I’m interviewing Alexander McCall Smith for The Food Podcast today.
I’ve been thinking about this day ever since November when Mr. Smith spoke at the Halifax Central Library to a packed audience of mature women. He had recently published the eighteenth book in his No. 1 Ladies’ Detective Agency series. Admittedly, a small sprinkling of men were in the audience, and one asked a question.
“I’ve never read any of your books, but clearly people love them,” he said with hands in his pockets as he scanned the audience. “What I want to know is why a Scottish man has chosen to write stories about happy people in Botswana who sit around drinking tea?”
I suppose it’s a question many people have wondered. All 18 books in the series centre around the traditionally built private detective Mma Ramotswe. Her character solves problems in peoples’ lives while taking in the beauty of the Botswana sky over cups of red bush tea. HIV, poverty and other realities of sub-Saharan Africa do weave into the stories. But for the most part, the series is about hope, happiness and the beauty of home.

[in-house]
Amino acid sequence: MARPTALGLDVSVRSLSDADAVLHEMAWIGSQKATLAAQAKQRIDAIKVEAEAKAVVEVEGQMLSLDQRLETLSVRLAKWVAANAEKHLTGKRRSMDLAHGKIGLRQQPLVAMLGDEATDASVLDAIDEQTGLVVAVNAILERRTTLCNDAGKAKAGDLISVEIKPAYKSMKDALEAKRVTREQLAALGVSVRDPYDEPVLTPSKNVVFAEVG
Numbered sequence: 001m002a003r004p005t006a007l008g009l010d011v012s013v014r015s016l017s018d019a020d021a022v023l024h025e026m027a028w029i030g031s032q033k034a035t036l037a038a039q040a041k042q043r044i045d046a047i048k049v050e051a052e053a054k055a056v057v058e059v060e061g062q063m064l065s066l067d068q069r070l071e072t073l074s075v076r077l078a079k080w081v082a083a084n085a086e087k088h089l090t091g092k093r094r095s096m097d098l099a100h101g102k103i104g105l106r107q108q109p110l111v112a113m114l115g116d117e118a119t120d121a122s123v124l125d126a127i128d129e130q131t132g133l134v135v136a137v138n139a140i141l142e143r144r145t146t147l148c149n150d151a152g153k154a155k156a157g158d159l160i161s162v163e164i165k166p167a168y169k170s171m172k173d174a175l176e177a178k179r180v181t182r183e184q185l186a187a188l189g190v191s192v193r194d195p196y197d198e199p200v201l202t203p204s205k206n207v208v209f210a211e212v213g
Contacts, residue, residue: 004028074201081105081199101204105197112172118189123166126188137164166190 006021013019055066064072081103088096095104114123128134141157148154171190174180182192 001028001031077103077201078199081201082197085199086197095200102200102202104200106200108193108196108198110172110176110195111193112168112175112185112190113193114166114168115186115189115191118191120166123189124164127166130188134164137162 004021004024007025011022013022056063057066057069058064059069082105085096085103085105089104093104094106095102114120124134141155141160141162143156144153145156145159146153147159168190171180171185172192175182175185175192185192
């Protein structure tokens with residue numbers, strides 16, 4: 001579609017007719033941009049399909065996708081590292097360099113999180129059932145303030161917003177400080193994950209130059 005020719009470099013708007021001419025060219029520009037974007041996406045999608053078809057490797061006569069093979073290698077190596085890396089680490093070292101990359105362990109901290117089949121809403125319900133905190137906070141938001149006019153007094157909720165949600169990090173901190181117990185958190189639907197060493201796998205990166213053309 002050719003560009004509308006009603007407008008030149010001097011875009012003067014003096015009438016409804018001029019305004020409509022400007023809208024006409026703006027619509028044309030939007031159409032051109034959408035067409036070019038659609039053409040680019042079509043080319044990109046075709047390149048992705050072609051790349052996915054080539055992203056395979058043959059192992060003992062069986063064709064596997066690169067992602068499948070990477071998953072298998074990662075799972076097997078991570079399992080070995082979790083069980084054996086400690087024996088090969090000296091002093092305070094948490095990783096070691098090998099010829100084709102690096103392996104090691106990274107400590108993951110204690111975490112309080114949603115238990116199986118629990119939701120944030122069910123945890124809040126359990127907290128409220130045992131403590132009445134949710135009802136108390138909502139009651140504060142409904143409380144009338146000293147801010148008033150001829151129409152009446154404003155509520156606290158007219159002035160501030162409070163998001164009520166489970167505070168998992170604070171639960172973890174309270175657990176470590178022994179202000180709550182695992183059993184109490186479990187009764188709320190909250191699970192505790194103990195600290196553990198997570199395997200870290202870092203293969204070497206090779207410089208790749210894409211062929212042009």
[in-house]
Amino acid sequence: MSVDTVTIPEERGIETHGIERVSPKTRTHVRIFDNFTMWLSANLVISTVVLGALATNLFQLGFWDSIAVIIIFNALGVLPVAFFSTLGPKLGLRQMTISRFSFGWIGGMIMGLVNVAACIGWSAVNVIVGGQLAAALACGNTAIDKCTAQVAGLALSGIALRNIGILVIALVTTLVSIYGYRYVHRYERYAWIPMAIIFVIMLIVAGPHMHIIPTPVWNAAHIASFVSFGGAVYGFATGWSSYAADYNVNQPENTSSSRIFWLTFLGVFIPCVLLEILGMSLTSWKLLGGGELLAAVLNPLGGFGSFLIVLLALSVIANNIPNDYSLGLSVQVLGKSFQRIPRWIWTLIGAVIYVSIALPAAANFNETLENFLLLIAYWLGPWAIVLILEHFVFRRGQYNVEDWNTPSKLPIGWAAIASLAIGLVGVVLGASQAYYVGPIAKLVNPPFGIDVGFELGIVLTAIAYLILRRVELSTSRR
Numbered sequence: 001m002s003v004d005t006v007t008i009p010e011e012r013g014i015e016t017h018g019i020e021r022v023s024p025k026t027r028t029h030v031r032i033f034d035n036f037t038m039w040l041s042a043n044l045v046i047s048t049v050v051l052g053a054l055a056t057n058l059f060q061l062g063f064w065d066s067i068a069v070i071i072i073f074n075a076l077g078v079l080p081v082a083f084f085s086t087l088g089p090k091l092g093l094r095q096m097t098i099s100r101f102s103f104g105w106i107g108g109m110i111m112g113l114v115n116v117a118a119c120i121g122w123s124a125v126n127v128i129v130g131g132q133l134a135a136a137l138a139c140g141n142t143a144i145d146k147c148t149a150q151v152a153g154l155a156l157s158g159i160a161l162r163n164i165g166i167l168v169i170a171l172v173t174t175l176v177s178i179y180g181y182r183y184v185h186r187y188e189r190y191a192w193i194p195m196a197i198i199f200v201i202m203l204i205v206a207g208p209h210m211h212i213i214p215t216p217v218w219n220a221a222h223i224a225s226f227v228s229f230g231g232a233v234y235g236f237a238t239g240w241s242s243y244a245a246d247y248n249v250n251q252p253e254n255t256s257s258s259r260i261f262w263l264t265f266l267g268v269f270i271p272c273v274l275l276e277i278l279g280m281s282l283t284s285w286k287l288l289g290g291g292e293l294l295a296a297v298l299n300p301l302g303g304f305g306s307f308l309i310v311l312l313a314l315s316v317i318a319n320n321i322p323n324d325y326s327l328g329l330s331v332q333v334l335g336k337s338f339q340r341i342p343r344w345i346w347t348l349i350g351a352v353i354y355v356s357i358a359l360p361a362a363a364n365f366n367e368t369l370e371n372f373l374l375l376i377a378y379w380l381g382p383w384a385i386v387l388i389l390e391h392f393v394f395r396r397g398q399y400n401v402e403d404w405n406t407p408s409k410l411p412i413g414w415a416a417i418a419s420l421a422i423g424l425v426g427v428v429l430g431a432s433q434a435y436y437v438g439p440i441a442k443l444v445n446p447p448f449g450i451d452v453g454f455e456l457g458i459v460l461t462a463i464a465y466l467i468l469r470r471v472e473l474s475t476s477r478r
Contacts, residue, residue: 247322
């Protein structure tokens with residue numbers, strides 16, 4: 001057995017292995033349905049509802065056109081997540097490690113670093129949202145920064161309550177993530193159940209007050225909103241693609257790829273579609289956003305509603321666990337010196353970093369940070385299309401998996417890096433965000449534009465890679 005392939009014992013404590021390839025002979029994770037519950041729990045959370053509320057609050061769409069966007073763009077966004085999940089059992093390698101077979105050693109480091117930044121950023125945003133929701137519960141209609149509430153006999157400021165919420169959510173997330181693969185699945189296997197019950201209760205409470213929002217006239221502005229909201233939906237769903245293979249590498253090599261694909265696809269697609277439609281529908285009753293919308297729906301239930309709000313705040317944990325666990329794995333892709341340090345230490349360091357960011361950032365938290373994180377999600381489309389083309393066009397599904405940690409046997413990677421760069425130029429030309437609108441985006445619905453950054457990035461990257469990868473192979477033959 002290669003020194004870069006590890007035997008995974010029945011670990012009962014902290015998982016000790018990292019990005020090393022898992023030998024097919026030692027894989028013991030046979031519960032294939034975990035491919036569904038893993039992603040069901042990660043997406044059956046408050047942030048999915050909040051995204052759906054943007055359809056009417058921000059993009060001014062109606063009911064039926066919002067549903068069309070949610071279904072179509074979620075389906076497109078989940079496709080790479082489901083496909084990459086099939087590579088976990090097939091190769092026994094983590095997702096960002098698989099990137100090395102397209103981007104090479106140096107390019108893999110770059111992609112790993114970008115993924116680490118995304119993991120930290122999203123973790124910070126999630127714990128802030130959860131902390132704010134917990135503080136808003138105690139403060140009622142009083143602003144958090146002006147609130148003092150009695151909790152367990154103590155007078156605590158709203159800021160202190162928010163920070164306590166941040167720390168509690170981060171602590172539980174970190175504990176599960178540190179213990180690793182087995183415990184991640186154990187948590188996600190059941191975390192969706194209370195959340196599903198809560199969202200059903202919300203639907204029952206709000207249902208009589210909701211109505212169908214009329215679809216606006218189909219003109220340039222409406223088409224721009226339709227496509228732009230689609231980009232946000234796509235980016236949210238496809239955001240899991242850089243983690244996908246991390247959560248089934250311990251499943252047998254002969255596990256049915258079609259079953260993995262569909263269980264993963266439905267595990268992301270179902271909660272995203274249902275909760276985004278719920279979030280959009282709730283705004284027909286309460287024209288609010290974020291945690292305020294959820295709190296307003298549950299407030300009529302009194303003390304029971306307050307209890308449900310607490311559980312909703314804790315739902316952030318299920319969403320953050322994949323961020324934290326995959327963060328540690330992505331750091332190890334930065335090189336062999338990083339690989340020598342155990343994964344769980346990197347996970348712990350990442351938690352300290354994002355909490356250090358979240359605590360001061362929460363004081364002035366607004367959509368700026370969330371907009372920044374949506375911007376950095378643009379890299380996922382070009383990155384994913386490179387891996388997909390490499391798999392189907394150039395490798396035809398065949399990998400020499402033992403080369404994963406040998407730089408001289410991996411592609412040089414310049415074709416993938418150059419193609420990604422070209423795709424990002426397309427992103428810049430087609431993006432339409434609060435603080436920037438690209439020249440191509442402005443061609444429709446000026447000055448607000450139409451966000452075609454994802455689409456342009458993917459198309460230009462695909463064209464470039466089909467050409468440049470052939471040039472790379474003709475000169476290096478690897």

“There are many places one can find stories about the struggles of life in Africa,” replied Mr. Smith, dressed in a kilt and tweed blazer. “I wanted to tell another story, the story of the beauty of the people of Botswana. It’s as simple as that.”
I read that Mr. Smith was inspired to write the first novel in the series after he met a Botswana woman ‘of traditional build’, racing around a yard trying to catch a chicken to cook up for a celebratory meal. He knew at that moment that he had to write about her – this cheerful, capable woman.
The success of the the first book, I’ve read, meant Mr. Smith, a former professor of Medical Law, was able to maintain this tone of optimism throughout future books in the series. Optimism goes in and out of fashion, he said, but this book was where he found his optimistic voice. Clearly there were readers out there attracted to it, who needed it, who chose it. So on it went.
I’m one of them. I’ve reached for these books after I struggled to get through A Fine Balance, or the Kite Runner. When the world was spinning out of control. When my life wasn’t happy. As my writer friend Maggie Mackellar said, his books can be like ‘food that sustains you… when the close world feels dangerous there is an escape hatch, and somehow slipping into this created world allows you a moment of respite…and the strange thing is, that escape is expansive. You are made bigger in the reading of it.”
I’ve gone through phases of sipping red bush tea, exclusively, in an attempt to capture this comfort. I have to say, it’s not my favourite. I prefer black tea, or a gentle herbal like mint or chamomile (which aren’t actually teas, but never mind). It’s the ritual of the drink – the soothing whistle of a kettle, the gathering of people, the pressing of the pause button, the jump through the escape hatch – that I’m looking for. It’s what we’re all looking for, I think.
Wish me luck today!